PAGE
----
“You’re set up for failure,” said Jaclyn Kallie as she reflected on her student loans.
Even though she eventually found work at Gimbel, Reilly Guerin & Brown after graduating from Marquette Law School in 2012, she has only seen interest continue to piling up on her initial loan balance of about $140,000.
“I’ve been making payments for almost 10 years, but my loan amount has gone up,” Kallie said.
It’s a complaint that’s bound to seem familiar to many law school graduates. According to the American Bar Association Student Loan Debt survey, 95% of lawyers have taken out loans to pay for school. Their average debt balance: $164,742, a figure that includes undergraduate loans at the time of graduation.
“My personal story is that when I got out, I tried to do the standard repayment for almost two years,” Kallie said. “I had $900 in interest a month. I was throwing a minimum of $2,000 a month to try and make a dent. It was pretty crazy trying to not spend money on anything — lowering my grocery bill, not going out. I wasn’t really living. I signed up eventually for the income-based repayment program.”
President Joe Biden’s administration and the U.S. Department of Education have been working in recent months to provide student-loan forgiveness to certain borrowers. For example, $5.8 billion of federal student loan relief has gone to 560,000 former Corinthian Colleges students. Biden announced earlier in June that the administration was closing in on a decision to provide more widespread forgiveness of $10,000 per borrower.
Still, some question whether that would be enough.
“I don’t think at $10,000 forgiveness is going to change anything when it comes to lawyers in general because it’s such a small percentage in terms of the larger portion,” said James Miller, co-founder of bankruptcy firm Miller & Miller.
With the average student debt balance for lawyers topping $160,000, dropping it to $150,000 isn’t going to help much with monthly payments, Miller and Kallie agreed. Both attorneys referenced the income-based repayment system that law graduates most often sign on for.
“I have lawyers who request compensation packages that fit in with allowing them to have the lowest income-based repayment possible,” Miller said. “It doesn’t make sense for me to start paying them more if that increase in wages on the other side of things is going to increase their repayment more than the raise they are getting.”
Kallie echoed Miller’s point, saying “Part of the problem with this in the legal community is that the tuition amounts keep escalating so significantly, but the average salary for new lawyers is the same it was a decade ago.”
With the legal industry’s hiring market remaining hot, 79% of firms reported in the 2021 Bright Insight Survey conducted by Cushman & Wakefield’s Legal Sector Advisory Group that they had been hiring new lawyers from other law firms. The number one benefit they emphasize in their recruitment efforts is work flexibility to support work-life balance, 49% of respondents reported. But to Kallie, work-life balance is a luxury afforded only to lawyers whose career choices aren’t controlled largely by student debt. She said that she had left a previous firm that had a great work-life balance to seek out a higher salary and that such considerations remain in the back of her mind still today. She said many of her former colleagues and classmates whom she still keeps in touch with have left the legal profession altogether to chase a higher salary for loan repayment.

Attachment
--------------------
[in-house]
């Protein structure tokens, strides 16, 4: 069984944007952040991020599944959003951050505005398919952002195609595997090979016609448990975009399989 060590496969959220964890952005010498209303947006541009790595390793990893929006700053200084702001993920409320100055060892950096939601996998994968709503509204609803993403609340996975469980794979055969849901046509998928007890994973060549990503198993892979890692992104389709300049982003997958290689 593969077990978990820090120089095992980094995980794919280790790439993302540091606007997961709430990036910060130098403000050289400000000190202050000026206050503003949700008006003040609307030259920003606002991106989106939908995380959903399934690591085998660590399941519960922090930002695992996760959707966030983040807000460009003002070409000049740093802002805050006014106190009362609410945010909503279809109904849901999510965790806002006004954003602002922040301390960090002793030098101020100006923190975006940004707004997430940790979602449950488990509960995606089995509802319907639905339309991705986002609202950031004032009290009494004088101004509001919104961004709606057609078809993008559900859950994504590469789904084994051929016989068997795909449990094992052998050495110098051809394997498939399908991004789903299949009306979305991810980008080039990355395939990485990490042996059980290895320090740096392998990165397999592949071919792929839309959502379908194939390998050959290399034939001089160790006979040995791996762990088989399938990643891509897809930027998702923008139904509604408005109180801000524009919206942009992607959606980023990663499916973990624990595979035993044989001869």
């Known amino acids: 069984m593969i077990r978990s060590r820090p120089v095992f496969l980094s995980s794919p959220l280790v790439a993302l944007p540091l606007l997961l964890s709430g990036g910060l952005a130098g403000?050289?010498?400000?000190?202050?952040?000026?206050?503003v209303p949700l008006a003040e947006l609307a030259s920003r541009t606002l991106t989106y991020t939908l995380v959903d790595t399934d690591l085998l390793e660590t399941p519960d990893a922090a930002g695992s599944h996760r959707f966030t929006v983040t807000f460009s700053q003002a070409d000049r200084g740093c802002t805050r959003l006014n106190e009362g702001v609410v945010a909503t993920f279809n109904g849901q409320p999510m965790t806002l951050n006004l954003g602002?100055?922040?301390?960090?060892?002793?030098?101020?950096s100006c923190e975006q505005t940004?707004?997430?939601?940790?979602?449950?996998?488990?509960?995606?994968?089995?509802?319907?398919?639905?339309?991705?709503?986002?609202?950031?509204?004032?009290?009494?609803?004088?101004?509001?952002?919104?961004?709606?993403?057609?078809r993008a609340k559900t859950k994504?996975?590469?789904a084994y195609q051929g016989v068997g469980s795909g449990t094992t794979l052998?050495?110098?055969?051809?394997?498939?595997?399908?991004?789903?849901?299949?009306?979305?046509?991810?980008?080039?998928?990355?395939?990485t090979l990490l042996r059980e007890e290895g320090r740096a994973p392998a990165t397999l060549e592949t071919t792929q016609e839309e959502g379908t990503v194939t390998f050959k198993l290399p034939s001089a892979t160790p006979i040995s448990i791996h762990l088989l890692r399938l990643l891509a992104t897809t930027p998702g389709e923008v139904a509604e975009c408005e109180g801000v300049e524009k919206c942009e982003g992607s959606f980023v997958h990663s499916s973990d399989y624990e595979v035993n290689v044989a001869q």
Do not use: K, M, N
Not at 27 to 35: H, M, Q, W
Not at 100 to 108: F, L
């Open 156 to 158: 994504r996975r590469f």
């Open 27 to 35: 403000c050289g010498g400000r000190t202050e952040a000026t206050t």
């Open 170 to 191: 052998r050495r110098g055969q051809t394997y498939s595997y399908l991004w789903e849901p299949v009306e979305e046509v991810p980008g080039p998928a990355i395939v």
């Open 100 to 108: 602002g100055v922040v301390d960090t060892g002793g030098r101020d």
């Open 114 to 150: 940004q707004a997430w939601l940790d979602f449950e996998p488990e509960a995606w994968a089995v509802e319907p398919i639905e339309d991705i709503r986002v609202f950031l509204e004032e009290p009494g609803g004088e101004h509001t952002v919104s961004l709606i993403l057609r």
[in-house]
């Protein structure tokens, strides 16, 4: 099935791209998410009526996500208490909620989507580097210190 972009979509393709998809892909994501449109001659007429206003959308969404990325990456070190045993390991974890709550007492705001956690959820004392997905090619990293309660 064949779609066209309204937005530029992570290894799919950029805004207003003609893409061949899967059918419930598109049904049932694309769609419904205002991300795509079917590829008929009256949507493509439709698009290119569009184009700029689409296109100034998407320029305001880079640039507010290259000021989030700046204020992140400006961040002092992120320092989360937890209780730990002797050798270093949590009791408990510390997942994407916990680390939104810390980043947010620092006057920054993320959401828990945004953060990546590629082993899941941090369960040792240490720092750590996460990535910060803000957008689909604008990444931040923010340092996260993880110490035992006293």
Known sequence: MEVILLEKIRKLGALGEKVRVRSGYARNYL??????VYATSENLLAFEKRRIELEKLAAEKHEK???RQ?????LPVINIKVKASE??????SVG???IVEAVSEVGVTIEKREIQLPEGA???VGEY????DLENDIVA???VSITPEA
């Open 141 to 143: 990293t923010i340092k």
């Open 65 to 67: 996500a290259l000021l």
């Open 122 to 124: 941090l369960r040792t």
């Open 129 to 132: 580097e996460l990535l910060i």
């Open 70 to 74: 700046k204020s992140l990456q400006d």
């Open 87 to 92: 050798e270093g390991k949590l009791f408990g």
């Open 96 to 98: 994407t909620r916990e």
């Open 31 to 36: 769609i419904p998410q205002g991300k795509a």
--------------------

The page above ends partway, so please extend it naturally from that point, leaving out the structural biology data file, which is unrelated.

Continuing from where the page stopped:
“Even the rising costs of life right now, even a competitive firm that gives you what used to be a raise or bonus that was in line with cost of living, they can’t keep up with it because cost of living is growing exponentially,” Kallie said.
A federal moratorium on student-loan repayments, first enacted by former President Donald Trump in March 2020, was extended by Biden in August. With repayments paused, a few major loan servicers have gone out of business. Various others have become the subjects of lawsuits for deceptive policies.
“It’s become exceedingly apparent, as I talk to clients and lawyers, what they are able to do financially differently,” Miller said. “They are watching the news very closely when it comes to the Biden administration’s decision to lift the moratorium. They are all hoping that there will be a greater loan forgiveness.”
Current inflation and rising costs are meanwhile adding further impediments to lawyers’ ability to repay loans. Miller said he’s now worried about will happen should the federal moratorium eventually be lifted.
“I fear that the mindset has changed from, you know, ‘I have to pay this back’ to more of an optional mindset which (borrowers) still have the legal obligation to do it. I’m looking at that $10,000 forgiveness to see if it’s a carrot dangled out there to encourage people to start paying the loans again,” he said. “The default rate once they come back is going to be very high.”
For lawyers, heavy debts can affect not only their daily spending but also their mental health, especially if they fear their debt burdens have grown too great to pay down in their lifetimes. The ABA’s survey did not asks specific questions about what debts were doing to lawyers’ mental health. But the lawyers who responded cited their mental health as the thing most affected by heavy debts.
“It makes you question your life choices a little bit,” Kallie said. “I wish that someone would have had a real talk with me before I signed up for all this.”